The Freedom of Choice: a snob or a gentleman?
Dickens explores the values of different social classes of Victorian England in Great Expectations. Born in a lower middle class family, Philip Pirrip’s wish is to be part of a higher social class which would enable him to live with civilized people. Pip, as an orphan raised by hands in poor conditions, meets criminals like Magwitch and extremely rich aristocrats like Miss Havisham. Stella, allegedly illustrating a representative of the upper class at the beginning of story, almost becomes an unreachable star. At this stage, Pip is under great influences and he is not sure how to think and how to behave. Should he choose a way to stay at the forge and to work with Joe or choose a way to become a gentleman? Should he stay in a world he is loved, treated with sincerity and feeling comfortable in, or should he choose a competitive and brutal world in which he may feel completely strange?Since the word ‘pip’ has the meaning as ‘seed’, the novel is divided into three stages comparable to the growth of the ‘seed’: the first stage is its long waiting in the dark and cold soil, the second is its first blossom above the soil and the third is its reaching maturity and readiness to produce another seed for the future generation. At the beginning, Pip is obviously in the first stage. Miss Havisham’s dark house and Estalla’s cold behavior may be compared to the stage of the seed waiting in the dark, cold soil to grow out of it. Pip’s second stage is his ‘blossoming’ in London, not as a gentleman, but as a snob. What will the third stage be: will he remain as a snob or will he turn into a gentleman? Whatever it will be: it will be his free choice with his free will.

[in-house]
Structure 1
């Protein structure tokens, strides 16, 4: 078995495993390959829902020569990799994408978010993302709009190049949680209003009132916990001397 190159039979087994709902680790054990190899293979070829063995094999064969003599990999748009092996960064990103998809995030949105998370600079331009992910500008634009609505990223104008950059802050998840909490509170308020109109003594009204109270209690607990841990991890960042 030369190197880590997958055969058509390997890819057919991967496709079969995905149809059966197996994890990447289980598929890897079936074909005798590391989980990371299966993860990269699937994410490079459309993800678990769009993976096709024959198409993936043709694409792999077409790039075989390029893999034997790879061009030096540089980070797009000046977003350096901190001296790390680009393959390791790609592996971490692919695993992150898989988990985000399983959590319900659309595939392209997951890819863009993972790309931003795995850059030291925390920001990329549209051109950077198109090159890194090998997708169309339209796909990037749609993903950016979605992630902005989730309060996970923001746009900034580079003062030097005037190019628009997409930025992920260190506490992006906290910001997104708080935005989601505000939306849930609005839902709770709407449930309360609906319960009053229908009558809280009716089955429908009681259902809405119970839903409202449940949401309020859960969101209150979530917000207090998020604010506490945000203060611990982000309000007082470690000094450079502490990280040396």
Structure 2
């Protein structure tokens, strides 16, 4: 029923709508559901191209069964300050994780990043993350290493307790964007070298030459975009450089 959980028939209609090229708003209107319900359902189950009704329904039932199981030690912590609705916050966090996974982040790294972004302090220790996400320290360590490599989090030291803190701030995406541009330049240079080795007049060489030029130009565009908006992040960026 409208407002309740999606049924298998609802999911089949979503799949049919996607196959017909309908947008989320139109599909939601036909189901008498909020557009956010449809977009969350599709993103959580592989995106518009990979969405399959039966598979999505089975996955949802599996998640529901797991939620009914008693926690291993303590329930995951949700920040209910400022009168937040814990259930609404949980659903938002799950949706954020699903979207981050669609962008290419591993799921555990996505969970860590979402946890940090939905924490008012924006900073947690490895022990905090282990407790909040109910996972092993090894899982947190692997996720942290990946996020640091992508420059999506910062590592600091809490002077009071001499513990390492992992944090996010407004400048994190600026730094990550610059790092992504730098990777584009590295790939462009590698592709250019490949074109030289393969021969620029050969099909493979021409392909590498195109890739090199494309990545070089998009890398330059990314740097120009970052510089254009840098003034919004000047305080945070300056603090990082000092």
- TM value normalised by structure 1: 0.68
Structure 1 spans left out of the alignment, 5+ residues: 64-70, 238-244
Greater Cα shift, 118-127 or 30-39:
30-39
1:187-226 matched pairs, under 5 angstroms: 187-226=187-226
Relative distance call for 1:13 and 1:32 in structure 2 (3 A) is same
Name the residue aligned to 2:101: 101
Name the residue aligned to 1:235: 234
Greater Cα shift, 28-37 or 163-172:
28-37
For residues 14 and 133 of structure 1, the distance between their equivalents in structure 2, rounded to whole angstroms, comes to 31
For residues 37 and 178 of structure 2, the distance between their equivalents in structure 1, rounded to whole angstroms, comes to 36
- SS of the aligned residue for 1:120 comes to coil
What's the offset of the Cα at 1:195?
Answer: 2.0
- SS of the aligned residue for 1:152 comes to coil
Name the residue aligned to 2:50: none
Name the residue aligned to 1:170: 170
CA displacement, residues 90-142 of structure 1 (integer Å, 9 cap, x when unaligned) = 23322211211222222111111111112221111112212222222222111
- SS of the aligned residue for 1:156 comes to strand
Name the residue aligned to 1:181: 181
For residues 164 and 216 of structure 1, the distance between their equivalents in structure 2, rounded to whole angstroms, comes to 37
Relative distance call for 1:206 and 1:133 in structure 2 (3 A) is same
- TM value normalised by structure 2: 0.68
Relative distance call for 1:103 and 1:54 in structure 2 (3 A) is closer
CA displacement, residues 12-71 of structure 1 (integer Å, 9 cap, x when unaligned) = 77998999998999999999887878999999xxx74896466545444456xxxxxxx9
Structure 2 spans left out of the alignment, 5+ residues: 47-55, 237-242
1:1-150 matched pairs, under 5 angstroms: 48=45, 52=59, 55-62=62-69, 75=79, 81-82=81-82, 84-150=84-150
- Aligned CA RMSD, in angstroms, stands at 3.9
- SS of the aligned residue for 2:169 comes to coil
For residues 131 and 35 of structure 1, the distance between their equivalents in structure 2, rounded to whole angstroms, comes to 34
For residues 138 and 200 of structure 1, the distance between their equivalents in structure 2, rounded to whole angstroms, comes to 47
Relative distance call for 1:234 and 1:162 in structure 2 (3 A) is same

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Mediterranean Journal of Social Sciences ISSN 2039-9340(Print) ISSN 2039-2117(Online)
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